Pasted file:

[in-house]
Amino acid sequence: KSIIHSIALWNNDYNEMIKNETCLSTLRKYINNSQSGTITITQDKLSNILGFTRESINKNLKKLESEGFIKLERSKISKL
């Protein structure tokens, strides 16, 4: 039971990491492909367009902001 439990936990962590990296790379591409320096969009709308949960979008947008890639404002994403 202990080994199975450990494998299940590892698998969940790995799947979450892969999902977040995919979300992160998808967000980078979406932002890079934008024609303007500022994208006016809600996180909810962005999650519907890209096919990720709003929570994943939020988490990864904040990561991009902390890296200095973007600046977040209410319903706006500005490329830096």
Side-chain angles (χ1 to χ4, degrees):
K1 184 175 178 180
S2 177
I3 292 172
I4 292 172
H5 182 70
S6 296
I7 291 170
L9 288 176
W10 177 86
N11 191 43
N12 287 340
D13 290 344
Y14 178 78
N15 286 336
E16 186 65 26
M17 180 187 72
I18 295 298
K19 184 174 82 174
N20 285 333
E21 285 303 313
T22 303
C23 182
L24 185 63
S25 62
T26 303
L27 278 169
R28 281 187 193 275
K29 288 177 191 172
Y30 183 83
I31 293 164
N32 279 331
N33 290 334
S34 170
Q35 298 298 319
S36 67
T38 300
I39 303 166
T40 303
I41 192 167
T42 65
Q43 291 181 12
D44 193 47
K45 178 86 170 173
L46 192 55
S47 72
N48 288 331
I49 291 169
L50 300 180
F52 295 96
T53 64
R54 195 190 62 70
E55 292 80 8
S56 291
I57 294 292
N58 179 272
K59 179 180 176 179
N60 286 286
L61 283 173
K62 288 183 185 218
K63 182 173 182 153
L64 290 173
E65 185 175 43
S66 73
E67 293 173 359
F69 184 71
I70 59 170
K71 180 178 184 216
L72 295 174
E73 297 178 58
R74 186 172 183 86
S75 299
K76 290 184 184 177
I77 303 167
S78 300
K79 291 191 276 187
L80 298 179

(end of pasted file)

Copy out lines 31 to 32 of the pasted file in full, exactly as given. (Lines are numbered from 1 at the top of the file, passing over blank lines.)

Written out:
R28 281 187 193 275
K29 288 177 191 172